“The (NFC) Championship game we played during our Super Bowl run (in 2005) was pretty big,” he said of the 34-14 victory over the Panthers. “To be able to do it at home, be able to do it in front of the fans, it was a pretty good feeling.”
Especially for a player who followed the team as a kid growing up.
“It does kind of hit you like that,” Trufant said when asked if there was a moment in that game where it hit home that he had just helped his hometown team get to the Super Bowl. “But it’s just one of those things. It is football. And if you do right and your team is hitting on all cylinders, then the opportunity is there.”
Just as it for this season’s playoff team, which is one victory from a return to the NFC Championship game.
“For us now, that’s what we’ve got to do,” Trufant said. “We’ve just got to fight to be right. Try to do everything well and just try to practice hard and get better every day.”
We also asked Trufant for his favorite individual postseason memory, and his response was very telling for a player who has been a team-first, individual-accolades-a-distant-second warrior since the Seahawks selected the cornerback from Washington State University if the first round the 2003 NFL Draft.
“You know what? After a while a lot stuff just seems to run together,” said Trufant, who had a 78-yard interception return for a touchdown to ice a wild-card win over the Redskins in 2007.
“So I’m about being in the present. I’m just trying to help out the team to get another victory. We want to take it one step at a time and that’s what we’re trying to do.”
LONGWELL, CHUKWURAH READY
Kicker Ryan Longwell and defensive end Patrick Chukwurah just joined the team this week to replace the injured duo of Steven Hauschka and Chris Clemons. Coach Pete Carroll said after practice that both are ready for Sunday’s game.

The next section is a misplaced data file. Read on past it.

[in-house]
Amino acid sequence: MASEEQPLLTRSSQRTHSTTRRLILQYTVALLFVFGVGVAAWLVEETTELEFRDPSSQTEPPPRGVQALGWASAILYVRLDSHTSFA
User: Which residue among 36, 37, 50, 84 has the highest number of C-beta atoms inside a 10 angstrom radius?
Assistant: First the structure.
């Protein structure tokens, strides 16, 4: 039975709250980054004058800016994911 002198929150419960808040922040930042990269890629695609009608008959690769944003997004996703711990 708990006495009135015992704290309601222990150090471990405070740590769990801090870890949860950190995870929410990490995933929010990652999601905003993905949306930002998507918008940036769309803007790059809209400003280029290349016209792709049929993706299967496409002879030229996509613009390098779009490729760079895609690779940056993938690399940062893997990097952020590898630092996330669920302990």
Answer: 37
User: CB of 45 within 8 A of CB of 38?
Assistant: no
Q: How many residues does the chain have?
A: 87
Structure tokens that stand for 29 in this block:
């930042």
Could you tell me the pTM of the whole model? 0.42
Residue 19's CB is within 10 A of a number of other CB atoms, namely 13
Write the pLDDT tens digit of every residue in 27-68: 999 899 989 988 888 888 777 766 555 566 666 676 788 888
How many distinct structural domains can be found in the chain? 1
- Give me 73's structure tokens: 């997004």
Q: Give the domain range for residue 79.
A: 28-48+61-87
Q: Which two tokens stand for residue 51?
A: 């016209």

“I thought Longwell did a good job,” Carroll said. “He hit his kicks and fit together nicely with (holder) Jon Ryan to get the timing down. … He’s a seasoned vet. He’s been through it. If anybody can handle it, he will be able to handle all the buildup to it.”
As for Chukwurah, who last played in an NFL game in 2007, Carroll said, “Pat did fine. He’s in a backup role for us. But he showed enough that he’s going to be dressing for the game.”
The official end-of-the-week status report, as issued by the team:
CB Byron Maxwell (hamstring)
S Jeron Johnson (hamstring)
RB Marshawn Lynch (foot)
WR Sidney Rice (knee)
Lynch practiced on a limited basis today after sitting out Wednesday and Thursday to rest a sprained foot. “He’s fine. He’ll be alright,” Carroll said. Johnson also got his first work of the week, on a limited basis. Maxwell and Rice did not practice, but Rice is expected to be ready of the game after practicing fully on Wednesday and Thursday.
For the Falcons:
CB Christopher Owens (hamstring)
DE John Abraham (ankle)
S Charles Mitchell (calf)
S William Moore (hamstring)
CB Dunta Robinson (head)
Abraham, who leads the Falcons with 10 sacks, has been limited all week.
STAT DU JOUR